A Godly Example
If God provides for the child dedicated to him, through you, what does this supporting role look like? It’s rooted in dependence upon the Lord’s provision. Parenting is tough enough, but raising a covenant child in a fallen world to the glory of God is impossible but for divine grace. By divine grace, you will faithfully pray for your child. By divine grace, you will teach your child the doctrines of Christianity. But if you are to bring your child up in the nurture and admonition of the Lord but do not set before your child a godly example, your teaching will fall on deaf ears and your praying will avail naught.
Pierced for Our Transgressions
And so it did, “For God so loved the world, that he gave his only Son, that whoever believes in him should not perish but have eternal life” (John 3:16). The gospel does not promise us a life free from snorting bulls, roaring lions, and chasing dogs but tells us the good news of our greatest need, that a worm, such as I, has been reconciled to God by the death of his Son and saved by his life (Rom. 5:10), that I might glorify and enjoy him forever!
As the Lord has revealed himself and his will in his Word, we know his character and his covenant to keep us. Knowing that “he who began a good work in [us] will bring it to completion at the day of Jesus Christ” (Phil. 1:6), we have confidence that in Christ we will persevere to the end. But in the day of trouble, it’s easy to lose sight of this truth, feeling as if God is hiding, only to reveal himself after death. But just as our feelings do not dictate the truth, so God does not hide from us but always preserves us, not for our merits but his righteousness. For, in his steadfast love for us, he has not only crushed our ancient foe but redeemed us as his own.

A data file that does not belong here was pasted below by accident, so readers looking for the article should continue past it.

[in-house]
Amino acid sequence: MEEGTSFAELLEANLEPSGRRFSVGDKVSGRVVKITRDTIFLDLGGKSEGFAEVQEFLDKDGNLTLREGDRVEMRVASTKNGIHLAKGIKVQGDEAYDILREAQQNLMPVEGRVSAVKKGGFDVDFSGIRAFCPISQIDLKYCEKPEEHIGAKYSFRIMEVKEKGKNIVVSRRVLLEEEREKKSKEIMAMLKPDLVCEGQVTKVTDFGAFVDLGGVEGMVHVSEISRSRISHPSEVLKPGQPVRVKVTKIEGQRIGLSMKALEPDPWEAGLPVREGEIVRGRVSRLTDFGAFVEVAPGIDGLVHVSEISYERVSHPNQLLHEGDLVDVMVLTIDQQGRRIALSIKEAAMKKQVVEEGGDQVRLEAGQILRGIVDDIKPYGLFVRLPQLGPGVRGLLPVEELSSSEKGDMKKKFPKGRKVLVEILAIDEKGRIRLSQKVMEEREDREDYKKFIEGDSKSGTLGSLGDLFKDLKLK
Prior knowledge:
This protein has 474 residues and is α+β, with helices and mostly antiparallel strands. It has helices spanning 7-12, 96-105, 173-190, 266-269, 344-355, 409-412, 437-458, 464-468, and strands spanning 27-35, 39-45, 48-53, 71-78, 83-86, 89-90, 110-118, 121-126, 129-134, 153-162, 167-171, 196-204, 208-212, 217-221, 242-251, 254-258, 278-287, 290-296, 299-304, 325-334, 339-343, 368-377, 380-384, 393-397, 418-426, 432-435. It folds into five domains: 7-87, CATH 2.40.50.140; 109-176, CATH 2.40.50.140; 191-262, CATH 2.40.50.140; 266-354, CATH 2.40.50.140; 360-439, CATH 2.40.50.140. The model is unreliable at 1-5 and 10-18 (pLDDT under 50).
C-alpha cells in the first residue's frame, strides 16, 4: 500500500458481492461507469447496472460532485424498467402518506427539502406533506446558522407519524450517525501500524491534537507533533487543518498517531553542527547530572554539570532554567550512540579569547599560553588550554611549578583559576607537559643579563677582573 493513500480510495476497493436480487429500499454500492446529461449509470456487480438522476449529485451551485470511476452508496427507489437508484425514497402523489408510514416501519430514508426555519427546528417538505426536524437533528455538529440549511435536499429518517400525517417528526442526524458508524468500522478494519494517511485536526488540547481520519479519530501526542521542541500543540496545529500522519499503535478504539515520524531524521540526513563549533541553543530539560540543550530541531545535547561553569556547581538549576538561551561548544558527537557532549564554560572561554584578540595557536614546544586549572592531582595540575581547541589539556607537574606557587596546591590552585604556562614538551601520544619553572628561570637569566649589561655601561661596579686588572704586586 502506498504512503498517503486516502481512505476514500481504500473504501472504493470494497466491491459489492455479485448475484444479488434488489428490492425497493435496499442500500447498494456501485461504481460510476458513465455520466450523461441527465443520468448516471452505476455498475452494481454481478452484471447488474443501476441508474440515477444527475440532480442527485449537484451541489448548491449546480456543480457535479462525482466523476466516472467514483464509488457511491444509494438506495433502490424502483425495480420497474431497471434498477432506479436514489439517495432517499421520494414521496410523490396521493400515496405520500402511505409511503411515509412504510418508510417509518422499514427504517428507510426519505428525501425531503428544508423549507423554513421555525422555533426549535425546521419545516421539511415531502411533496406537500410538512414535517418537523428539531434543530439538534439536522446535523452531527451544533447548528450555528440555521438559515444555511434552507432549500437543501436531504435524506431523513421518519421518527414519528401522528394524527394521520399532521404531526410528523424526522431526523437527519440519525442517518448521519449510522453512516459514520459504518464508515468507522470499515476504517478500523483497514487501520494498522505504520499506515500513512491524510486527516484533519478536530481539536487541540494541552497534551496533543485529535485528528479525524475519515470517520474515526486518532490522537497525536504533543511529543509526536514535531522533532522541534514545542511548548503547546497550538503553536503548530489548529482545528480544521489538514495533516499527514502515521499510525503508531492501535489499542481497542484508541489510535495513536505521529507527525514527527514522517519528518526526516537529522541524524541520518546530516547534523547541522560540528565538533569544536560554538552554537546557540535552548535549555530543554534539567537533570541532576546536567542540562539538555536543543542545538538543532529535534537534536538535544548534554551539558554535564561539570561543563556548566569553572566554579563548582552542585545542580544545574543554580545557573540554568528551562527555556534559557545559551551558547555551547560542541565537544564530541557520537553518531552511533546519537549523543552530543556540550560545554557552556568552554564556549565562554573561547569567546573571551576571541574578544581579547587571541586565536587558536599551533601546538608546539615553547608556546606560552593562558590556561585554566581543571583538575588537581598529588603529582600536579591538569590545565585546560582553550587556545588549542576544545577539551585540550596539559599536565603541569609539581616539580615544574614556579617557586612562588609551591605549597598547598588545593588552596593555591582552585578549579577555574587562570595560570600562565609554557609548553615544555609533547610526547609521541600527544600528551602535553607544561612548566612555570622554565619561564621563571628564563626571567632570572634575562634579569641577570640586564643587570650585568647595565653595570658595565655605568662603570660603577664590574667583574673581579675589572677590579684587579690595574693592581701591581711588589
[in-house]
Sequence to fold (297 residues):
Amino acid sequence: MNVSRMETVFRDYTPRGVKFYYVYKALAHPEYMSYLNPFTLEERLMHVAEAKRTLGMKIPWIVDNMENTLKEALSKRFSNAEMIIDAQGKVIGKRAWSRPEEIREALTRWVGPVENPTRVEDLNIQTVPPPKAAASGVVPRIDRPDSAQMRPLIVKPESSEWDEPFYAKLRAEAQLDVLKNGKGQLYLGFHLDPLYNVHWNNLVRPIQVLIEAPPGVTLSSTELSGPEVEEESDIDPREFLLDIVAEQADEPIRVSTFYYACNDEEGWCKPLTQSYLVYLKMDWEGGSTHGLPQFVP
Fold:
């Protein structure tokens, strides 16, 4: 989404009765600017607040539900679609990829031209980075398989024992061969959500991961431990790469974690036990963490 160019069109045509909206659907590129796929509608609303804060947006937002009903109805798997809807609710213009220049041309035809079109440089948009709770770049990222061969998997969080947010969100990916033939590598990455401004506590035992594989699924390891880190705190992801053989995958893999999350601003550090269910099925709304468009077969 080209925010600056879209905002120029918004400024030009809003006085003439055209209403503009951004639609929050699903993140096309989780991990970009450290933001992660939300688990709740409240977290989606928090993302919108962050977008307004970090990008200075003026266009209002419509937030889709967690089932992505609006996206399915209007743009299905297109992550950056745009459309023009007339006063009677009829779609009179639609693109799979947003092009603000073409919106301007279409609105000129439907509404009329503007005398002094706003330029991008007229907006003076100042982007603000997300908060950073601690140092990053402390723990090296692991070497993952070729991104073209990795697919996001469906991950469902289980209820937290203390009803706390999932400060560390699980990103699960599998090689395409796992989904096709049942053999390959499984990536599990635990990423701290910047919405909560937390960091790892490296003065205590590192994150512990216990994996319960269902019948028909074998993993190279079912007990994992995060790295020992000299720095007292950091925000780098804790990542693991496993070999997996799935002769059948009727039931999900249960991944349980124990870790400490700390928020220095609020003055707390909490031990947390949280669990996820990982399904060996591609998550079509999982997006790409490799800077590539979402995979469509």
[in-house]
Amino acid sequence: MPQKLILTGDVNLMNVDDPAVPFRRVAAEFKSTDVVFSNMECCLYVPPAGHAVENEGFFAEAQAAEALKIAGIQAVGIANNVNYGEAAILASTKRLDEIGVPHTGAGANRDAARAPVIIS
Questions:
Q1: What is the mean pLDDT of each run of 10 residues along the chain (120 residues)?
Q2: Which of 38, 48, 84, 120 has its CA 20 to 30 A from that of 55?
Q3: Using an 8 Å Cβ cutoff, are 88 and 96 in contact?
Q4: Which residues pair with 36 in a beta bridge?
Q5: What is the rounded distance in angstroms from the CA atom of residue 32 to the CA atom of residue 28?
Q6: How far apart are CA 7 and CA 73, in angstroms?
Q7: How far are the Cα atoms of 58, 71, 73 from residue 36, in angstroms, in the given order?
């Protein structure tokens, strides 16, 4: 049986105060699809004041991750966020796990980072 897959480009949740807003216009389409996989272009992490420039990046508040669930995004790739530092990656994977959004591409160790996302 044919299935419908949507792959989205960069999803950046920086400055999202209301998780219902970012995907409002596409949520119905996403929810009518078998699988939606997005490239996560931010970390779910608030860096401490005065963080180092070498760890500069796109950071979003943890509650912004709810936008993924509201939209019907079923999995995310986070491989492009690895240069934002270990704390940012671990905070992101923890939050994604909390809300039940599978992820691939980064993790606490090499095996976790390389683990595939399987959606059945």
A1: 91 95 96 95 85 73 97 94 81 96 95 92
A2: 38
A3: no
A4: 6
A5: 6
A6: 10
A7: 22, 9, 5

Momentary Affliction, Eternal Glory
In the moment, it is easy to think of our troubles as enduring, but they will pass away just like the world as we know it. The Lord “laid the foundation of the earth” long ago, but it will perish. He formed the heavens by hand, but they will wear out “like a garment” (25-26). But he who made heaven and earth is ageless, he doesn’t wear out, and he will never perish, and neither will all who trust in him. This is why we must not think of our troubles as unending or seek to find solutions in what will perish. We must look to the Lord in our time of need, for ourselves but also for one another. For though our afflictions are momentary, in Christ we look together toward an eternal glory.
Conviction, Contrition, and Community
With three synonyms (“transgressions,” “iniquity,” and “sin”), David confesses the totality of his sin. He no longer hides what could never be hidden. Great is David’s sin but not greater than the forgiveness of the self-revealed One, who is “merciful and gracious, slow to anger, and abounding in steadfast love and faithfulness” (Ex. 34:6). David does not offer to work for a wage but to be given grace, knowing that his sin is before him (and everyone else who has ever read this psalm). His prayer is not that his sin be blotted out of human history, but that by God’s grace it would be forgiven. And so it was. Such is the merciful forgiveness of God.